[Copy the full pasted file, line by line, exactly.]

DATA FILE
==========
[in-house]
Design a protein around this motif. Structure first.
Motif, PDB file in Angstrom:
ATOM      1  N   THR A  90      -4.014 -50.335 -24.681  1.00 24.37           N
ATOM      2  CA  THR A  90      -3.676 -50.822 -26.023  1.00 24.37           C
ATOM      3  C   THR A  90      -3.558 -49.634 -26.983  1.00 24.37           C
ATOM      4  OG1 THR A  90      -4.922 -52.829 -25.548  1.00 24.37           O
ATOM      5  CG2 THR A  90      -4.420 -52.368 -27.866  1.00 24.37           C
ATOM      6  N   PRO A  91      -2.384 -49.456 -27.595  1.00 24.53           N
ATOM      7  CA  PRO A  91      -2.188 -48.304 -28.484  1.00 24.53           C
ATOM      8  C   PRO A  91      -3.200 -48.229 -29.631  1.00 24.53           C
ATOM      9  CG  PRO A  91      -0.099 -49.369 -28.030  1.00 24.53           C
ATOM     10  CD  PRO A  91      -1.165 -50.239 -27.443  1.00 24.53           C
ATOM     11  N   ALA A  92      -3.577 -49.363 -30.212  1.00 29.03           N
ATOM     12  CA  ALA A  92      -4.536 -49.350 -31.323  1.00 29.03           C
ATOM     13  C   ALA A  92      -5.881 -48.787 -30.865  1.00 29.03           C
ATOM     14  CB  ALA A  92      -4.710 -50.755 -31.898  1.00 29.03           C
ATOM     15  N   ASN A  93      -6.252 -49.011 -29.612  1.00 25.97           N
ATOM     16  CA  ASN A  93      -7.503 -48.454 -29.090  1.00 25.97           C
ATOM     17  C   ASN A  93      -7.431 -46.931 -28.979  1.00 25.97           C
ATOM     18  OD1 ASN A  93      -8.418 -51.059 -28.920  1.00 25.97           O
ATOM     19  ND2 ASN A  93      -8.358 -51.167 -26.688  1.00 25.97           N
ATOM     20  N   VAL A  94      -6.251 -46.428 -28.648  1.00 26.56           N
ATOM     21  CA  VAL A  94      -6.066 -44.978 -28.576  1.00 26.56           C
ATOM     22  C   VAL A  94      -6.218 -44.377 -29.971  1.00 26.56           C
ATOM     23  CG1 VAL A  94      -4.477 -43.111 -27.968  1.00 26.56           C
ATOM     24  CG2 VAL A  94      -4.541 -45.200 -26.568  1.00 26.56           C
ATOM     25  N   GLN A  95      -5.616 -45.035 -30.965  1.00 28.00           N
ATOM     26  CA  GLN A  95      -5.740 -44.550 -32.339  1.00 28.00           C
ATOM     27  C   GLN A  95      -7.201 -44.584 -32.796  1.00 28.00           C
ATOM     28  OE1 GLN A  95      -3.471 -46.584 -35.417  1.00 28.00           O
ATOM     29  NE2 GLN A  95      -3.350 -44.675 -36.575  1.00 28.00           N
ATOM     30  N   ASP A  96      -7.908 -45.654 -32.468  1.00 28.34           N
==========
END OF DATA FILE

[in-house]
Design a protein around this motif. Structure first.
Motif, PDB file in Angstrom:
ATOM      1  N   THR A  90      -4.014 -50.335 -24.681  1.00 24.37           N
ATOM      2  CA  THR A  90      -3.676 -50.822 -26.023  1.00 24.37           C
ATOM      3  C   THR A  90      -3.558 -49.634 -26.983  1.00 24.37           C
ATOM      4  OG1 THR A  90      -4.922 -52.829 -25.548  1.00 24.37           O
ATOM      5  CG2 THR A  90      -4.420 -52.368 -27.866  1.00 24.37           C
ATOM      6  N   PRO A  91      -2.384 -49.456 -27.595  1.00 24.53           N
ATOM      7  CA  PRO A  91      -2.188 -48.304 -28.484  1.00 24.53           C
ATOM      8  C   PRO A  91      -3.200 -48.229 -29.631  1.00 24.53           C
ATOM      9  CG  PRO A  91      -0.099 -49.369 -28.030  1.00 24.53           C
ATOM     10  CD  PRO A  91      -1.165 -50.239 -27.443  1.00 24.53           C
ATOM     11  N   ALA A  92      -3.577 -49.363 -30.212  1.00 29.03           N
ATOM     12  CA  ALA A  92      -4.536 -49.350 -31.323  1.00 29.03           C
ATOM     13  C   ALA A  92      -5.881 -48.787 -30.865  1.00 29.03           C
ATOM     14  CB  ALA A  92      -4.710 -50.755 -31.898  1.00 29.03           C
ATOM     15  N   ASN A  93      -6.252 -49.011 -29.612  1.00 25.97           N
ATOM     16  CA  ASN A  93      -7.503 -48.454 -29.090  1.00 25.97           C
ATOM     17  C   ASN A  93      -7.431 -46.931 -28.979  1.00 25.97           C
ATOM     18  OD1 ASN A  93      -8.418 -51.059 -28.920  1.00 25.97           O
ATOM     19  ND2 ASN A  93      -8.358 -51.167 -26.688  1.00 25.97           N
ATOM     20  N   VAL A  94      -6.251 -46.428 -28.648  1.00 26.56           N
ATOM     21  CA  VAL A  94      -6.066 -44.978 -28.576  1.00 26.56           C
ATOM     22  C   VAL A  94      -6.218 -44.377 -29.971  1.00 26.56           C
ATOM     23  CG1 VAL A  94      -4.477 -43.111 -27.968  1.00 26.56           C
ATOM     24  CG2 VAL A  94      -4.541 -45.200 -26.568  1.00 26.56           C
ATOM     25  N   GLN A  95      -5.616 -45.035 -30.965  1.00 28.00           N
ATOM     26  CA  GLN A  95      -5.740 -44.550 -32.339  1.00 28.00           C
ATOM     27  C   GLN A  95      -7.201 -44.584 -32.796  1.00 28.00           C
ATOM     28  OE1 GLN A  95      -3.471 -46.584 -35.417  1.00 28.00           O
ATOM     29  NE2 GLN A  95      -3.350 -44.675 -36.575  1.00 28.00           N
ATOM     30  N   ASP A  96      -7.908 -45.654 -32.468  1.00 28.34           N